I’m sitting here on my patio on a very nice Sunday afternoon, looking back on a hectic week, but a pleasant weekend.
As I mentioned in earlier posts, we had been planning to host a visit by the state senate higher education committee this week. Since the institute where I work is a unit of the state university system, this was a pretty big deal. Things started to unravel Monday morning, when the committee chair’s legislative assistant started calling around to make sure everyone who said they were going to come was still planning to do so. One senator backed out for medical reasons, and another, local senator started to get wishy-washy about how much of the activities he would be able to attend. This left us with just two confirmed senators, and one of those was local. We consulted with the committee chair, who wouldn’t come right out and say that we should cancel (or at least postpone) the visit, but strongly inferred it. So we spent two days calling and emailing around to make sure everyone got the word.
One concern was a low-country-boil dinner we had planned for Wednesday evening. We had invited a fairly good number of local people. We called and emailed all of those who responded to the RSVP on the invitation. I had a little concern (but not too much) for the roughly half of the invitees who couldn’t be bothered to mark a check on the pre-printed RSVP card and place it in the pre-addressed and pre-stamped return envelope to let us know if they were going to attend or not. (Sorry. That’s still a sore point with me.) We got in touch with many of them, but not all. I half-hoped someone who had not responded showed up for the dinner anyway.
“Oh, gee. Sorry, but we cancelled the dinner. We didn’t know you were coming or we would have called you. Have a nice evening.”
I am involved in planning two social events in the next two weeks and our “invitees” are making me crazy. Why won’t people let us know whether they are going to come to our party or not? This is a basic element of etiquette that seems to have gotten lost over the last decade or two. It is very annoying. RSVP. “Répondez s’il vous plait” What is so difficult about this?
I am planning a work related, casual dinner for a week and a half from now. The invitation list includes university administrators, state legislators, county commissioners and business leaders – in other words, people who should know how to behave in public. The invitations went out two weeks ago with a reply card and a stamped return envelope. All they have to do is print their name, check the appropriate box, and drop it in the mail. We sent 124 invitations and asked for responses by today. Only about a third of the invitees have troubled themselves to respond.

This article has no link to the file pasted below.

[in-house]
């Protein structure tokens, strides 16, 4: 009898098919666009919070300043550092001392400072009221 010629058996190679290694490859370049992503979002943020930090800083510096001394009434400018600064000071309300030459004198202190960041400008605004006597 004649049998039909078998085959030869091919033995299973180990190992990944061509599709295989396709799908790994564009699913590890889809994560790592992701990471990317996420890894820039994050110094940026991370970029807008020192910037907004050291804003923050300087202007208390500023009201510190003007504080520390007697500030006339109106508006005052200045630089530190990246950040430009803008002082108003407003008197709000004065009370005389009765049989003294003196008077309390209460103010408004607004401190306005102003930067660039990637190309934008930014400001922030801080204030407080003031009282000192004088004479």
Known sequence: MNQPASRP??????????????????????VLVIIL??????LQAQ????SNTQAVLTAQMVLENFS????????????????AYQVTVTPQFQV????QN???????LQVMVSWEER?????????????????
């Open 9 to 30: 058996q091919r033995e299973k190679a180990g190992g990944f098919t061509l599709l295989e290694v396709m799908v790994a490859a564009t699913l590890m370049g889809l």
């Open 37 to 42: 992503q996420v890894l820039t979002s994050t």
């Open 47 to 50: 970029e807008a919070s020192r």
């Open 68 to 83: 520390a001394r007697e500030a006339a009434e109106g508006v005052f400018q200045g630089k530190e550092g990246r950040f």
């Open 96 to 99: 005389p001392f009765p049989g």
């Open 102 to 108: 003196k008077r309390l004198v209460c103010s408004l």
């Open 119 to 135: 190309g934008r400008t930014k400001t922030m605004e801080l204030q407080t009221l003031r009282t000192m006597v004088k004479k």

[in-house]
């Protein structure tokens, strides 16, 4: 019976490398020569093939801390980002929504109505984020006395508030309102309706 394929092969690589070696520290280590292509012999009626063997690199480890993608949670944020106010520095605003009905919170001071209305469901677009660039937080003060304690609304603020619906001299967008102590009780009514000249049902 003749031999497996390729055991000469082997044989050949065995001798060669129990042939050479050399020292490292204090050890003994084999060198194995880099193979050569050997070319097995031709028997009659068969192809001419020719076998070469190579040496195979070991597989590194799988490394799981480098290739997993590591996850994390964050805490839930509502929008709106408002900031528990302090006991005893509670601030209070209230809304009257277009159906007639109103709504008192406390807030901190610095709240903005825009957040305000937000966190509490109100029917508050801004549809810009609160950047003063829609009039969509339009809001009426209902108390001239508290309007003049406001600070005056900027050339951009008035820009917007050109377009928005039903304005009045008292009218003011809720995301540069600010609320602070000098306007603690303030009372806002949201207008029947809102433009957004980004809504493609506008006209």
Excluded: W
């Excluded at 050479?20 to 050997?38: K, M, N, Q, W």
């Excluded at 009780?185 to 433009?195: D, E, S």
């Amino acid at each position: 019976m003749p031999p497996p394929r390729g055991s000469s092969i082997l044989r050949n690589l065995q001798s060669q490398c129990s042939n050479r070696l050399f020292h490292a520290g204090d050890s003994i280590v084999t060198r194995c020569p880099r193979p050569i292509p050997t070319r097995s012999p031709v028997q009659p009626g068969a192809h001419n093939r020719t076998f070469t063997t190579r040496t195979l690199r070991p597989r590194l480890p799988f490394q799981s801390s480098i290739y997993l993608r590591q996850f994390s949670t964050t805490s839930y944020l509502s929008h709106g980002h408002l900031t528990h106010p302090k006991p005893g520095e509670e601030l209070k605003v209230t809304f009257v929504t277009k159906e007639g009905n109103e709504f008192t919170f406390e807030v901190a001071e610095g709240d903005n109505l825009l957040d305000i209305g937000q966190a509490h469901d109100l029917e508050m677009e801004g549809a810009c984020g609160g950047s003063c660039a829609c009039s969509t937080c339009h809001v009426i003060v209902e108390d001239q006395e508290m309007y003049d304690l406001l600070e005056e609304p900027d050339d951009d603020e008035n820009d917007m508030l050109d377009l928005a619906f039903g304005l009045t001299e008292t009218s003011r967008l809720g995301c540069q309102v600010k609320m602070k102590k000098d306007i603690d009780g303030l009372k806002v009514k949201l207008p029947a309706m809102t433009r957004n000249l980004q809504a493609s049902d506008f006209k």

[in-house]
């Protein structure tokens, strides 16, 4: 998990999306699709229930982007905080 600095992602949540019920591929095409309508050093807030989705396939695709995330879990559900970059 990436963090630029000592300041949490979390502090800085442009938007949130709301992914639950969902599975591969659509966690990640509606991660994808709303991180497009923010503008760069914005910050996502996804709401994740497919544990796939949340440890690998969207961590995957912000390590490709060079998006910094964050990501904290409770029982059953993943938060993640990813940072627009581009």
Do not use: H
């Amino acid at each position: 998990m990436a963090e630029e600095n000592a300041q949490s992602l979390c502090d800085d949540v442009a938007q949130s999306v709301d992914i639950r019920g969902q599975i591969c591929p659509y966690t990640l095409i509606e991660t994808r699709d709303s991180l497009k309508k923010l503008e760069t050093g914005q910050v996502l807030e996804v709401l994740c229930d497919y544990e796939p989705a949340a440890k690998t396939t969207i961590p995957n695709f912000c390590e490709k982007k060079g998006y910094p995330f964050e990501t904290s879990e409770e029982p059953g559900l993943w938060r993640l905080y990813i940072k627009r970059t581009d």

Mrs. Poolman and I are hosting a couple’s bridal shower for the son of one of our good friends and his fiancé. We told the family we could handle 40 people at our house. They gave us a list of 67 invitees with the assurance that many would not be able to come. My daughter ordered the invitations and had “regrets only” rather than a full RSVP. (When I saw that, I knew we were looking at trouble.) Nonetheless, of the 67 people invited, we have had only six regrets. The party is tomorrow evening. We strongly suspect we will have around 40 people, but we need to be prepared (food and drink) for 61. Maybe that isn’t a break-down in the social system. Maybe all 61 who have not “regretted” will be there. That may overwhelm the infrastructure, especially since rain is predicted which may negate our use of the outside space.
I don’t know why I get worked up over this. I should be used to it by now. I realize not everyone has ever taken the time to read an Emily Post, Amy Vanderbilt or Miss Manners etiquette book. (Of course, I think it should be required reading, but that’s just me.) Past experience has shown us that you will have people who say they are coming, but don’t show up, and those who don’t respond and still show up. Sometimes those balance out, but not always.
For my daughter’s wedding several years ago, we invited a couple. They RSVP’d in the affirmative for themselves and also wrote-in the names of their two adult children who were not invited on the response card. We didn’t make an issue out of it. Then, in the end, none of them came.
While planning a work-related event a couple of years ago, a local business leader called to say he could not make it because his wife, son and daughter-in-law would had already invited him out to dinner for his birthday that night. Then he called back and asked if he could just bring the whole family. Reluctantly, we agreed that would be OK. On the night of the event, he didn’t come…but the rest of the family did. Huh?
I really just need to get over it.
Posted in communications, Family, Life, Weddings
Tagged amy vanderbilt, bridal shower, dinner, emily post, etiquette, fiance, groom, invitation, manners, miss manners, parties, party, Répondez s'il vous plait, regrets only, responses, rsvp, rude, rudeness, wedding, Weddings